Rood loft constructed by John Parris of Northlew (Devon), 1537 to 1544, St Mary, Atherington, (Devon).
Supervisor: Professor Beat Kümin
Overviw of Research
The nature of my research can be encapsulated by the phrase ‘history in the making’. It reflects a decade-long commitment to the value of woodworking artisans as a subject of wider historical inquiry. Research projects (past and present) demonstrate how the practices and products of woodworkers may serve as points of entry to aspects of pre-modern European and Colonial American communities otherwise inaccessible through other means. These efforts have also resulted in a more holistic approach that integrates knowledge derived from documents and artefacts. Sources of both types are viewed as forms of material culture, and therefore part of a single matrix of historical evidence.
Out of the Woods: The Elaboration of Late medieval Cornwall Parishes
'Out of the Woods'explores the interactions and exchanges of information between woodworking artisans and late medieval parish communities. Screens, lofts, pulpits, panelled ceilings, benches, and other forms of elaborated woodwork are seen as evidence of the ways in which external information was accessed and integrated with local concerns at the level of the parish. This process was often mediated by artisans identified as ‘carvers’, like John Parris of Northlew (Devon). These itinerant specialists moved from parish to parish overseeing major elaboration projects. Outside concepts and approaches were adapted to the unique circumstances of each worksite; resultant innovations were then transplanted to, and transformed in, the next. Particular emphasis is placed upon this dynamic in rural contexts. Consideration is also given to the wider cultural implications of sixteenth-century theological/liturgical changes. Reconfiguration, reduction, sale and removal to domestic contexts may have led to the relocation of the productive energies of woodworking artisans and the resources and social priorities of parishioners to other site
Elaboration mobilises a substantial body of documentary and artefactual evidence, some of which has never before been published. This includes pre-1600 accounts from 58 West Country parishes, court records and surviving contracts concerned with the construction of elaborated woodwork, and an archive of digital images taken in over 250 parish churches throughout Cornwall, Devon, and Somerset.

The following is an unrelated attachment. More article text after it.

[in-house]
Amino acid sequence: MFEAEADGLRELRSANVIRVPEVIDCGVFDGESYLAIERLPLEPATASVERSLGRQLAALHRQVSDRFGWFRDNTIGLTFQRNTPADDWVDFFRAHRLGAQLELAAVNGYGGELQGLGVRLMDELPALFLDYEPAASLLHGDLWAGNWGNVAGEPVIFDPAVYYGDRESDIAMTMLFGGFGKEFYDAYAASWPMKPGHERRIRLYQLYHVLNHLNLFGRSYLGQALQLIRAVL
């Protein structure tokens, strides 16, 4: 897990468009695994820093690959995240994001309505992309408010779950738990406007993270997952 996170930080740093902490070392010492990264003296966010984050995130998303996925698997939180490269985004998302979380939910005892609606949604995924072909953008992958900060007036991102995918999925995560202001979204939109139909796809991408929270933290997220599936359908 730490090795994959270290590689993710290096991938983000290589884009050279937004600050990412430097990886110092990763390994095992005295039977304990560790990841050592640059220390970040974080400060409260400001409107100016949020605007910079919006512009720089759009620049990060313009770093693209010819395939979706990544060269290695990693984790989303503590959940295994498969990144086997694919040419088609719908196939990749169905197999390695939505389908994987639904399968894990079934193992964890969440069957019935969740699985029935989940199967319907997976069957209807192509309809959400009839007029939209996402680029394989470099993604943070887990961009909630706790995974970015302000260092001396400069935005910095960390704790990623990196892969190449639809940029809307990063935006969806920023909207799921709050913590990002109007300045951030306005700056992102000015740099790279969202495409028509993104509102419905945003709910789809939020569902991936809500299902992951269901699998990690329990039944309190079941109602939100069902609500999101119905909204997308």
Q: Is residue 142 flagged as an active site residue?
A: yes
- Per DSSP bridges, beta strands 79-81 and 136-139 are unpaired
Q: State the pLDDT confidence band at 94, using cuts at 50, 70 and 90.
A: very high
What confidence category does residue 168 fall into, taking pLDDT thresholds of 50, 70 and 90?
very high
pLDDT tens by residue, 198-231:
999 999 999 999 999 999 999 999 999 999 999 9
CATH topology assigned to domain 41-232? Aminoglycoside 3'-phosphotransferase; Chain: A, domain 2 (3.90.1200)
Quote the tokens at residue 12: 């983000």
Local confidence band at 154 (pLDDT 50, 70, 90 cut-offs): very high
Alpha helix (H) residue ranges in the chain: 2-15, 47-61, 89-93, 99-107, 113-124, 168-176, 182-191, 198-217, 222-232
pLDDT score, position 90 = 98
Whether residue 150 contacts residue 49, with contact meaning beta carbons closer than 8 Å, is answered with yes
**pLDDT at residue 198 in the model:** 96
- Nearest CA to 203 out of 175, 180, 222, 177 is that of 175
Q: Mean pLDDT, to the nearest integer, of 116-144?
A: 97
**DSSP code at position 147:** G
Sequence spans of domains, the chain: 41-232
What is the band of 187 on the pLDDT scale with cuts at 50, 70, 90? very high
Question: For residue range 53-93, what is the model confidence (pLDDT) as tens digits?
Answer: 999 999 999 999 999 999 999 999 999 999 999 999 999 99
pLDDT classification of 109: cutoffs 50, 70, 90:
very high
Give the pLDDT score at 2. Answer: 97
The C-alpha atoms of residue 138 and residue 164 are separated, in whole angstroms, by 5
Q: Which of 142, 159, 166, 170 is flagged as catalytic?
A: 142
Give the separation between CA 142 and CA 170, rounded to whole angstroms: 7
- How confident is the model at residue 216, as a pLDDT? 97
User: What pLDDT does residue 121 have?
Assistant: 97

Medieval Wood Sculpture in the British Isles: A Social History, form the Norman Conquest to the Present
For nearly a century, a single, overriding narrative dominated scholarship on the subject: near total loss of what was once the most ubiquitous form of medieval imagery. Certainly sixteenth-century mandates for destruction appear to have allowed little room for compromise, and evidence of subsequent attack abounds. However, the story ‘on the ground’ (as told by local records and the artefacts themselves) is one of negotiation and transference to other contexts and uses. This is a pattern that long predates reformation and continues to the present day.
This ongoing project seeks to identify surviving British medieval wood sculpture. An equal priority is to understand the processes of relocation and transformation that define the lifecycles of these objects in a way that is distinct to the British Isles. Efforts are underway to track down those examples that have previously escaped attention because they now reside in unexpected places and/or owe their survival to unconventional means.
- 2009-2012: PhD History – University of Warwick
- 2007-2009: MA History of Design, 1400-1650 (Distinction) – Victoria & Albert Museum/Royal College of Art
- 2001-2004: BA History/Museum Studies – Goddard College, Plainfield, Vermont
‘Elaborated Woodwork in Devon Churches’, Regional Furniture, XXIV (2010), pp. 121-178
(with Joshua W. Lane) ‘Fashioning Furniture and Framing Community: Woodworkers and the Rise of a Connecticut River Valley Town’, American Furniture (2005), pp. 146-238
(with Joshua W. Lane) The Woodworkers of Windsor: A Connecticut Community of Craftsmen and their World, 1635-1715 (Deerfield, Massachusetts: Historic Deerfield, Inc., 2004)
Guest Curator – Craftways: English Artisans in Seventeenth-Century New England, The Chipstone Foundation, Milwaukee, Wisconsin
Co-Curator – Woodworkers of Windsor: A Connecticut Community of Craftsmen and their World, 1635-1715, Historic Deerfield, Inc., Deerfield, Massachusetts
- Flynt Center for Early New England Life, Deerfield, Massachusetts, 25 April -18 August 2003
Reverse of rood loft constructed by John Parris of Northlew (Devon), 1537 to 1544, St Mary, Atherington, (Devon).
dpwhite3 at aol dot com
Receivers’ account detailing payments to artisans, including
John Parris of Northlew (Devon), for construction of
elaborated woodwork, 1534-35, Stratton (Cornwall). BL: Add
MSS 32, 244, fol. 4v.